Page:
Evolution is based on heredity, changes to the genetic material (mutation), and the natural selection of those organisms that are best suited to the given environmental conditions.
An international team led by Rupert Mutzel at the Freie Universität of Berlin has now successfully emulated one particular evolutionary process in the laboratory. As the researchers report in the journal Angewandte Chemie, they were able to generate a bacterial strain whose genetic material contains an artificial building block in place of a natural one. Their success results from a special automated cultivation technique.
DNA, the carrier of the genetic information of all cells, is based on a code consisting of four “letters”, the bases adenine, cytosine, guanine, and thymine. Thanks to their new artificial evolution process, the scientists have now been able to grow bacteria in which the thymine of DNA has been replaced with an analogue, the base 5-chlorouracil. This synthetic component is poisonous to other organisms.
The researchers started with a genetically modified strain of the bacterium Escherichia coli that is no longer capable of producing thymine. These microorganisms were cultivated over many generations in the presence of increasing amounts of chlorouracil in a specially built apparatus. Whenever the size of the population sank below a certain level, the bacteria were given a brief dose of a chlorouracil-free, thymine-containing medium to give them a chance to recover. The concentration of chlorouracil was automatically increased whenever genetic variants of the bacteria that better tolerated this substance were produced. In this way, the cells were always exposed to a quantity of chlorouracil that was just barely tolerable. After about 1000 generations, the microorganisms had adapted to the altered environmental conditions, that is, the presence of chlorouracil instead of thymine. They were able to build up their DNA with chlorouracil in place of thymine. Analysis of the genome showed that the process of adaptation resulted in many changes to the genetic material of the bacteria.
“Our results demonstrate the success of our evolutionary cultivation strategy,” says Mutzel. “In this way it should be possible to develop microorganisms that can convert chemical intermediates to pharmaceuticals or break down environmental pollutants.” Microorganisms that have DNA with synthetic building blocks may also be useful in hindering the spread of purposely or accidentally released modified cells in the environment. Such microorganisms would also be incapable of exchanging genes with their natural relatives.Author: Rupert Mutzel, Freie Universität Berlin (Germany), http://www.biologie.fu-berlin.de/arbeitsgruppen/mikrobiologie/ag_
mutzel/personen/professoren/rupert_mutzel/index.htmlTitle: Chemical Evolution of a Bacterium's Genome
The original article is available from our online pressroom at http://pressroom.angewandte.org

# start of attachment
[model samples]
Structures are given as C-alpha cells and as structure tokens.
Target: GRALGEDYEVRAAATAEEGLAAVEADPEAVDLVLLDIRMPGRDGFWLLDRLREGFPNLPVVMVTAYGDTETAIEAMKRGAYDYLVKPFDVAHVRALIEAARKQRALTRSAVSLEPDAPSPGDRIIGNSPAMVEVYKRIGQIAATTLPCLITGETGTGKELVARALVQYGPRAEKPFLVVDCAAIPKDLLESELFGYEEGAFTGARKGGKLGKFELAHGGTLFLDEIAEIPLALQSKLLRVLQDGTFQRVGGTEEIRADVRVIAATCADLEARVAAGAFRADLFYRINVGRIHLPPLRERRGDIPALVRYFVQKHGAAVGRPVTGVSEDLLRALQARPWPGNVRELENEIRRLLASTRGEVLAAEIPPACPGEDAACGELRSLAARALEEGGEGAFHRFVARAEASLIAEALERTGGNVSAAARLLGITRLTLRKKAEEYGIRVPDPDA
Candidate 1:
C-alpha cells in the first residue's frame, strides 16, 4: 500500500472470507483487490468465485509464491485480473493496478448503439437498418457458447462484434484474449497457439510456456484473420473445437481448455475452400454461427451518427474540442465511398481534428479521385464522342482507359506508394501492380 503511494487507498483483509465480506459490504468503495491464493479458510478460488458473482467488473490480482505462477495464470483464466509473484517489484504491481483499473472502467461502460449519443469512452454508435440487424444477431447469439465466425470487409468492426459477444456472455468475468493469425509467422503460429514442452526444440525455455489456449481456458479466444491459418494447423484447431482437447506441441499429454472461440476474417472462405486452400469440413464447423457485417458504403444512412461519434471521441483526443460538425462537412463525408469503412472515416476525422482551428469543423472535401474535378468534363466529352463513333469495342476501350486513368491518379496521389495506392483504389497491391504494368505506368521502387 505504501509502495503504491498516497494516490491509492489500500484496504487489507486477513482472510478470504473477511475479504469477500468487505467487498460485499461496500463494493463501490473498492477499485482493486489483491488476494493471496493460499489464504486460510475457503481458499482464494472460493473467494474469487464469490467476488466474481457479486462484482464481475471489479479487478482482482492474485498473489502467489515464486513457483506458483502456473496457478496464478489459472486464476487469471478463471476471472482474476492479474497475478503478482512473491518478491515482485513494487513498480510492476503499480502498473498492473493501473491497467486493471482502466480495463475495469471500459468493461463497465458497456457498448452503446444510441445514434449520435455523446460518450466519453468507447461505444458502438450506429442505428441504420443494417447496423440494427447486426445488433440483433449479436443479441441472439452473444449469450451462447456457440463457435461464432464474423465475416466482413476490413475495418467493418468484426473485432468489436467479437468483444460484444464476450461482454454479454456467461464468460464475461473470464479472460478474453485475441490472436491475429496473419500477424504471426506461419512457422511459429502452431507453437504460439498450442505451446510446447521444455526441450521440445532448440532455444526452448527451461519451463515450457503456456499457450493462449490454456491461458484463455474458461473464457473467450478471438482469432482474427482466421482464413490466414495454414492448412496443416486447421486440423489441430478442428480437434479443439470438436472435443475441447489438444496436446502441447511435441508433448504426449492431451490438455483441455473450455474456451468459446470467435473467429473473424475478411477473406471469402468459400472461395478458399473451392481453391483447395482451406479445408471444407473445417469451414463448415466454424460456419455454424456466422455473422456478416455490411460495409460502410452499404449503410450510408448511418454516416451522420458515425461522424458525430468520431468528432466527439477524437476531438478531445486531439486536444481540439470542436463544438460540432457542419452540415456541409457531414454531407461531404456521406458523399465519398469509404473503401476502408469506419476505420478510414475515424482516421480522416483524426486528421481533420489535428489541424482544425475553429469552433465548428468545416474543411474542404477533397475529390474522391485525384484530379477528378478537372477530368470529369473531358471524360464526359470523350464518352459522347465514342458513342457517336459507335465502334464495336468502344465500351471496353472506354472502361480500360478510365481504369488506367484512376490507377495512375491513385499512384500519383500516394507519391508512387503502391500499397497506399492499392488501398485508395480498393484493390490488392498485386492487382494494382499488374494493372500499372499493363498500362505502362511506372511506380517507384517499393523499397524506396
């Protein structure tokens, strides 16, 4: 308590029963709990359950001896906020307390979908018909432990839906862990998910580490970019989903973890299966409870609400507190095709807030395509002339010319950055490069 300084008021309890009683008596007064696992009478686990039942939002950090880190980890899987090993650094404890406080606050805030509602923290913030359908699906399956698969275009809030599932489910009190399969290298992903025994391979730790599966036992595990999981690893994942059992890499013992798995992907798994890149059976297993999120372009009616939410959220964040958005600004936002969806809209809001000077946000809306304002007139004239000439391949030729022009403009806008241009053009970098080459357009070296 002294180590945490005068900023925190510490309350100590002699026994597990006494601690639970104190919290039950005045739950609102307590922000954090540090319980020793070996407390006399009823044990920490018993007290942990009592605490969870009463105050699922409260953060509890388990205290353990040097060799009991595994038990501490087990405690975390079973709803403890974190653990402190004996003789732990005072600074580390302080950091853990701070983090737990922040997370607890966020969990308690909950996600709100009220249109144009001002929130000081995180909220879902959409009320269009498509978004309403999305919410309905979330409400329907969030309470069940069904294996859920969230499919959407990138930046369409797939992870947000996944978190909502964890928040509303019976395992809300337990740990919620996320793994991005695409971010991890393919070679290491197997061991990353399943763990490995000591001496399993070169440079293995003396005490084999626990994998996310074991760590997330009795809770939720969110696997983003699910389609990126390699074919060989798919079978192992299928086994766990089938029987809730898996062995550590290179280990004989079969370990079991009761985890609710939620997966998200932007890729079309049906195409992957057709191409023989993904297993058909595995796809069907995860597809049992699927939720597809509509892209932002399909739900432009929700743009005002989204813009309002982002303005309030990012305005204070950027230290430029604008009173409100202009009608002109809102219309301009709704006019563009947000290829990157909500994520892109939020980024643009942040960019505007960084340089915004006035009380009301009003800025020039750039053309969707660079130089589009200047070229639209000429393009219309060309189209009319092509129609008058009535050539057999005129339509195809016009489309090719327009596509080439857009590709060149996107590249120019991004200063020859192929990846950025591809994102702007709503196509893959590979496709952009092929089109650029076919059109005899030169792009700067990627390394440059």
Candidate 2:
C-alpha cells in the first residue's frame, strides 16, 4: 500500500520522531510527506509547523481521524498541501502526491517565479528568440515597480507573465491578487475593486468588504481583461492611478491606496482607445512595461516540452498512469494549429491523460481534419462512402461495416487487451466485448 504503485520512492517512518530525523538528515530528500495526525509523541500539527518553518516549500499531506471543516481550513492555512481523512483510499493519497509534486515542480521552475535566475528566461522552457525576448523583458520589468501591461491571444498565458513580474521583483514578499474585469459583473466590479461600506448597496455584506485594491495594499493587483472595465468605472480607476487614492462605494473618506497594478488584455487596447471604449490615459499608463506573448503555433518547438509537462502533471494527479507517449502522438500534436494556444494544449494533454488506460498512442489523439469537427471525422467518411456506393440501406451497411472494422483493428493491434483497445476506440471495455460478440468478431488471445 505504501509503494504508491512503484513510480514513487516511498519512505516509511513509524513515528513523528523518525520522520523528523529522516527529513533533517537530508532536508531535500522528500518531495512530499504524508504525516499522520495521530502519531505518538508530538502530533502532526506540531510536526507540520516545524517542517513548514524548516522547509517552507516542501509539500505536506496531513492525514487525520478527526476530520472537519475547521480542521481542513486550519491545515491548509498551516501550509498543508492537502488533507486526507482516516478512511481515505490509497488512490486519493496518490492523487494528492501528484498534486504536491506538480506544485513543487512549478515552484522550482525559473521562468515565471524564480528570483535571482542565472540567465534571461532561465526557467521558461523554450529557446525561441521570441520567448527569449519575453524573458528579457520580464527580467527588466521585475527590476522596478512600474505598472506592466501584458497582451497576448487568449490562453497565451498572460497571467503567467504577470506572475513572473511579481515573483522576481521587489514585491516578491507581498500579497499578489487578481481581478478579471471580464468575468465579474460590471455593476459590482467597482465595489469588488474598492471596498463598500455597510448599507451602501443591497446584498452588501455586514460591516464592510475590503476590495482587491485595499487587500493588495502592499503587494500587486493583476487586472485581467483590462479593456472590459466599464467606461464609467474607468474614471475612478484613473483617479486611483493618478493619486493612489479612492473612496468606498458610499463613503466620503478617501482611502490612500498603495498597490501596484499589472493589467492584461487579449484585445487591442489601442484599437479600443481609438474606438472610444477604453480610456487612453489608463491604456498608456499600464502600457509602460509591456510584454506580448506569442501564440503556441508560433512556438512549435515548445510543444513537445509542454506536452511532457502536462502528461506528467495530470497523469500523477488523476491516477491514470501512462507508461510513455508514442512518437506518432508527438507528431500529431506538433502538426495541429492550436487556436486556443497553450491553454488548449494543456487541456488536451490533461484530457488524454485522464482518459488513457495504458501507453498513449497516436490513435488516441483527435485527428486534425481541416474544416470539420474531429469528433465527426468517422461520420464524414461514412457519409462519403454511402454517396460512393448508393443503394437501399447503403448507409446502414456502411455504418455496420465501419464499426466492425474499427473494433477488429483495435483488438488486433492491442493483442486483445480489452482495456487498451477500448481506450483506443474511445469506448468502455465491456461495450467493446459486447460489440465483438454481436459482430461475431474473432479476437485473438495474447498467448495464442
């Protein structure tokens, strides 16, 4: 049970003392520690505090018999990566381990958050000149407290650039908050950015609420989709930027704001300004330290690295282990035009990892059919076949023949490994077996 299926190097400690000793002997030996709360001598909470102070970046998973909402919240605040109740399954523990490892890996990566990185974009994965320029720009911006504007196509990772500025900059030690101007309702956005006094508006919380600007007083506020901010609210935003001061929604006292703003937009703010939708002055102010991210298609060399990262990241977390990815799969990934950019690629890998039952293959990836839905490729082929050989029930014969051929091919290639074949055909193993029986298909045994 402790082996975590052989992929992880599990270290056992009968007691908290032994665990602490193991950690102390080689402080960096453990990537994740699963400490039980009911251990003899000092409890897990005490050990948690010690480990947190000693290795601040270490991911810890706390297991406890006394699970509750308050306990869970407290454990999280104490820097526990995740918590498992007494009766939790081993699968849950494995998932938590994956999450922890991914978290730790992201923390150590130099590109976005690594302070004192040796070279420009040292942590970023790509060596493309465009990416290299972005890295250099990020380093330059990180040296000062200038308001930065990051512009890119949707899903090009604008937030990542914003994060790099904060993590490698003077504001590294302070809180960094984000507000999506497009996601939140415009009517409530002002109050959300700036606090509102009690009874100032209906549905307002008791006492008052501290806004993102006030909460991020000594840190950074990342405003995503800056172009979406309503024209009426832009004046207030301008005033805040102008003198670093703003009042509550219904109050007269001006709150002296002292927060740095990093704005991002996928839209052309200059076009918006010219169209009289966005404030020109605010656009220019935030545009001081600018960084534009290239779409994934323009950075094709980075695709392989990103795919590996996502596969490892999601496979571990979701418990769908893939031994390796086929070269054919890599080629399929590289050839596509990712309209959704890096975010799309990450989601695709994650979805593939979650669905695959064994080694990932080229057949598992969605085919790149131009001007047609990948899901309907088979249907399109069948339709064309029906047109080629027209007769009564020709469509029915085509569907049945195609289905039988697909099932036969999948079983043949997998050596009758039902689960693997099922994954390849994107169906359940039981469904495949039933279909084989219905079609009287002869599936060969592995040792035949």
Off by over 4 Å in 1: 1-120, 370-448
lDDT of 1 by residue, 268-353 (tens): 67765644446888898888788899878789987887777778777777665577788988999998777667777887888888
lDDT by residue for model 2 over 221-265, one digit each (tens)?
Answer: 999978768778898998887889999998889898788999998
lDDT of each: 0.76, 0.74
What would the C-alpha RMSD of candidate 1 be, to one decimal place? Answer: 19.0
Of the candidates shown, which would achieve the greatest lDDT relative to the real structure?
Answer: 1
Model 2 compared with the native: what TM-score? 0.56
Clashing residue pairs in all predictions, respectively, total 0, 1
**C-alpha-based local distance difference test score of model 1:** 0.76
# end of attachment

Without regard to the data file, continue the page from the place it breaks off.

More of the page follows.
Rupert Mutzel | Angewandte Chemie
Gene therapy shows promise for treating Niemann-Pick disease type C1
27.10.2016 | NIH/National Human Genome Research Institute
'Neighbor maps' reveal the genome's 3-D shape
27.10.2016 | International School of Advanced Studies (SISSA)
Ultrafast lasers have introduced new possibilities in engraving ultrafine structures, and scientists are now also investigating how to use them to etch microstructures into thin glass. There are possible applications in analytics (lab on a chip) and especially in electronics and the consumer sector, where great interest has been shown.
This new method was born of a surprising phenomenon: irradiating glass in a particular way with an ultrafast laser has the effect of making the glass up to a...
Terahertz excitation of selected crystal vibrations leads to an effective magnetic field that drives coherent spin motion
Controlling functional properties by light is one of the grand goals in modern condensed matter physics and materials science. A new study now demonstrates how...
Researchers from the Institute for Quantum Computing (IQC) at the University of Waterloo led the development of a new extensible wiring technique capable of controlling superconducting quantum bits, representing a significant step towards to the realization of a scalable quantum computer.
"The quantum socket is a wiring method that uses three-dimensional wires based on spring-loaded pins to address individual qubits," said Jeremy Béjanin, a PhD...
In a paper in Scientific Reports, a research team at Worcester Polytechnic Institute describes a novel light-activated phenomenon that could become the basis for applications as diverse as microscopic robotic grippers and more efficient solar cells.
A research team at Worcester Polytechnic Institute (WPI) has developed a revolutionary, light-activated semiconductor nanocomposite material that can be used...
By forcefully embedding two silicon atoms in a diamond matrix, Sandia researchers have demonstrated for the first time on a single chip all the components needed to create a quantum bridge to link quantum computers together.
"People have already built small quantum computers," says Sandia researcher Ryan Camacho. "Maybe the first useful one won't be a single giant quantum computer...
14.10.2016 | Event News
14.10.2016 | Event News
12.10.2016 | Event News
27.10.2016 | Life Sciences
27.10.2016 | Life Sciences
27.10.2016 | Power and Electrical Engineering